It’s hard to know what Gustavo Petro is thinking just by looking at him. Mysterious and solemn, the Colombian presidential candidate has a faraway look in his eyes, as if his mind were in several places at once. Not even his advisors always know what to expect from him. A few weeks ago, one of them tried to convince him to soften his stance on an issue that had made him unpopular with some voters. The candidate looked over his papers and responded: “My positions aren’t negotiable. I’m not going to back down.” Then he sat back to observe the sky from the airplane’s window.
Petro is stubborn, says his daughter Sofía, but she believes he’s where he is today thanks to this stubborn streak – on the brink of becoming the first leftist president in Colombia’s history when the country heads to the polls on Sunday. This is the third time Petro has run for president. As an ex-guerrilla fighter, who is feared by the upper class and business elite, Petro seems an unlikely candidate. But in the past few years, he’s distanced himself from Cuba and Venezuela, become more involved with the feminist movement, and is now talking about forming a progressive alliance with Chilean President Gabriel Boric and Lula de Silva, who is running for president in Brazil. He’s also stopped dressing like a social leader in a bid to appear more like a statesman.
Despite his shyness, Petro is a powerful public speaker. After holding 100 rallies, the 62-year-old believed he could win the elections in the first round by securing at least 50% of the vote. But that didn’t happen. In the runoff, he is up against the populist businessman Rodolfo Hernández, who has been using social media to show that he is in touch with the everyday people – something that does not come across when he takes to the stage.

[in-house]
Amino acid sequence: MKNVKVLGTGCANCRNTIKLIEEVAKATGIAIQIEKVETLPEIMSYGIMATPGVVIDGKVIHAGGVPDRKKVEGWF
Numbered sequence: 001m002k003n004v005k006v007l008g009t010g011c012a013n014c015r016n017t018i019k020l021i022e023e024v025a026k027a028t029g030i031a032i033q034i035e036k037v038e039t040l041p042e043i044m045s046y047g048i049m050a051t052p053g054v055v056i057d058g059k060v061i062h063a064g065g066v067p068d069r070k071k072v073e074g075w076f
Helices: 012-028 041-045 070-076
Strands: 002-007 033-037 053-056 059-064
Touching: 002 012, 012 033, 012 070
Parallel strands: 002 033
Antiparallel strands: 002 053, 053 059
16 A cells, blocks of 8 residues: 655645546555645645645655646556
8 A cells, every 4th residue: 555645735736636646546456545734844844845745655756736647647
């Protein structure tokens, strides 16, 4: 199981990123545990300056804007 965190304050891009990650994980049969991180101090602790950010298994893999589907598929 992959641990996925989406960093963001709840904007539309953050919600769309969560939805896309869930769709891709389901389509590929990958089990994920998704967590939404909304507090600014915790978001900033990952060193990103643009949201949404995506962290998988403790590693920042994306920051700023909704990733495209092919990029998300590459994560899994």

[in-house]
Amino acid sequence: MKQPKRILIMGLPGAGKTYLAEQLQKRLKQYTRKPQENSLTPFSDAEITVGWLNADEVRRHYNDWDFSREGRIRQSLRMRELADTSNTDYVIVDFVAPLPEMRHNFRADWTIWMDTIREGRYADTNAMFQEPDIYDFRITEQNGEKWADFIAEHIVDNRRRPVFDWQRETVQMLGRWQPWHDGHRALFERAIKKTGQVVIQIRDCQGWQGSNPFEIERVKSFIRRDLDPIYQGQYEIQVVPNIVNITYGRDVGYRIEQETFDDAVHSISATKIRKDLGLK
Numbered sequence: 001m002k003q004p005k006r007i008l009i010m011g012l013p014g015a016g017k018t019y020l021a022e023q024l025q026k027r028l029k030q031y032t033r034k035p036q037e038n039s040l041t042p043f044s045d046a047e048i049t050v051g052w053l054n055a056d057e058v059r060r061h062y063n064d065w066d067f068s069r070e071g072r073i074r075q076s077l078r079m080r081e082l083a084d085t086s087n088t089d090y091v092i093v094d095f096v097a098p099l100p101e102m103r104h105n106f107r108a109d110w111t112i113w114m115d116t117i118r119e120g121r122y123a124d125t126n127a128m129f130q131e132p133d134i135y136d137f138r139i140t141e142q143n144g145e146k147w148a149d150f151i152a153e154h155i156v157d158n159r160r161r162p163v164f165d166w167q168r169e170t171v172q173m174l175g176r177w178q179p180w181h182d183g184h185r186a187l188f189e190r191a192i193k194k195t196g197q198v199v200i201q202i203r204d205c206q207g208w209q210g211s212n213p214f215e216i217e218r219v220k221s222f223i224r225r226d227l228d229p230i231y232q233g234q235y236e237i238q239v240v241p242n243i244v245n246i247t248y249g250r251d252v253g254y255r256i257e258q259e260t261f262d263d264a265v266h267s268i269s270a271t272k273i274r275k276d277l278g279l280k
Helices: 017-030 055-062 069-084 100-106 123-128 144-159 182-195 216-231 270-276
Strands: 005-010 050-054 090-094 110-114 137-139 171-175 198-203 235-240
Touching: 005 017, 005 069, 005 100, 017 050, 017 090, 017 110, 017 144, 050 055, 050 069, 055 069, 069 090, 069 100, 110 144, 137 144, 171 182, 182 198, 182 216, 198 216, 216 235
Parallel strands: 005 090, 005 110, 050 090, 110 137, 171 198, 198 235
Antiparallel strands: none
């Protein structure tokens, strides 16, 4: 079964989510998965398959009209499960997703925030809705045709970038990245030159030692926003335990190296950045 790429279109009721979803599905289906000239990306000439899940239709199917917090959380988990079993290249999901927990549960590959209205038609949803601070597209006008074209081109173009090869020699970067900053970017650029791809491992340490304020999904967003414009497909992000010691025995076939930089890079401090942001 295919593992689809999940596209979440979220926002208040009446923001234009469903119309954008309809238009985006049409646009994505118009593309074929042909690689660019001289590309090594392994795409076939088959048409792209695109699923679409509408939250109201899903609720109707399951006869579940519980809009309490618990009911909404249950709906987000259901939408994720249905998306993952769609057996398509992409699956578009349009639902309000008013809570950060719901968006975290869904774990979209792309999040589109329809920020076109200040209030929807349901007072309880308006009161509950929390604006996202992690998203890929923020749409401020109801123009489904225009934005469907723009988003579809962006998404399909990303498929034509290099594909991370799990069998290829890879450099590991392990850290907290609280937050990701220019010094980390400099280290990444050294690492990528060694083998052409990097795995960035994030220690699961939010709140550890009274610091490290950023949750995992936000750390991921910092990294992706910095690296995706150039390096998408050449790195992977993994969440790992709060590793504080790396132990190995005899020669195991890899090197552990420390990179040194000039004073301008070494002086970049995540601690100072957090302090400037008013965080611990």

Petro’s journey to this point has been something of an odyssey. Many people would have given up somewhere along the way. Petro was born in the Caribbean town of Ciénaga de Oro, but his parents moved to Bogotá, the capital, when he was still a baby. He studied at a school in the village of Zipaquirá, where writer Gabriel García Márquez was also a student. At age 17, he joined M-19, a guerrilla organization that aimed to open up democracy in Colombia, and assumed the nom de guerre “Aureliano” after a character in García Márquez’s One Hundred Years of Solitude. The armed group had recruited Petro for his intellect – back then, he was a scrawny youngster and suffered from bad myopia.
It was during this period that Petro became a social leader. Together with hundreds of families, he helped take over a few parcels of land, which were used to create a new neighborhood, Bolívar 83. “I will never forget those days, because they linked me forever to the world of the poor,” Petro writes in his autobiography. Petro was briefly on the council of Bolívar 83, before being captured and tortured by the military in 1985. Since that moment, he has been dogged by the premonition that his way of rebelling against the world would lead him to a violent death.